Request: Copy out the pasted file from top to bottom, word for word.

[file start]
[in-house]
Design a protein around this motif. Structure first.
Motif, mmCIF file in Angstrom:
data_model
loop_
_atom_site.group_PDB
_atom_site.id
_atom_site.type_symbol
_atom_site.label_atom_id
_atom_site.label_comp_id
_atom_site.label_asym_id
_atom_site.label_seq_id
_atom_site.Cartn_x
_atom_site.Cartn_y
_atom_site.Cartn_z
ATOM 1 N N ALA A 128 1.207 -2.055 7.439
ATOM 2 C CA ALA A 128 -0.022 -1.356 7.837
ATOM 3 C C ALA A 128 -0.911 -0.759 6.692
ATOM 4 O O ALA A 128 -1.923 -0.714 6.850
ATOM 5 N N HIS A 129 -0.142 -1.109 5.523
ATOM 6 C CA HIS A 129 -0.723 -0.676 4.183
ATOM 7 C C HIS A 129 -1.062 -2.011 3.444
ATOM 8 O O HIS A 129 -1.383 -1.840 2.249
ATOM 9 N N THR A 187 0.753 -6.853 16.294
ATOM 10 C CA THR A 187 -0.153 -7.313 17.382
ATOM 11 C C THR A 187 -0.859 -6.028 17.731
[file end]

[in-house]
Design a protein around this motif. Structure first.
Motif, mmCIF file in Angstrom:
data_model
loop_
_atom_site.group_PDB
_atom_site.id
_atom_site.type_symbol
_atom_site.label_atom_id
_atom_site.label_comp_id
_atom_site.label_asym_id
_atom_site.label_seq_id
_atom_site.Cartn_x
_atom_site.Cartn_y
_atom_site.Cartn_z
ATOM 1 N N ALA A 128 1.207 -2.055 7.439
ATOM 2 C CA ALA A 128 -0.022 -1.356 7.837
ATOM 3 C C ALA A 128 -0.911 -0.759 6.692
ATOM 4 O O ALA A 128 -1.923 -0.714 6.850
ATOM 5 N N HIS A 129 -0.142 -1.109 5.523
ATOM 6 C CA HIS A 129 -0.723 -0.676 4.183
ATOM 7 C C HIS A 129 -1.062 -2.011 3.444
ATOM 8 O O HIS A 129 -1.383 -1.840 2.249
ATOM 9 N N THR A 187 0.753 -6.853 16.294
ATOM 10 C CA THR A 187 -0.153 -7.313 17.382
ATOM 11 C C THR A 187 -0.859 -6.028 17.731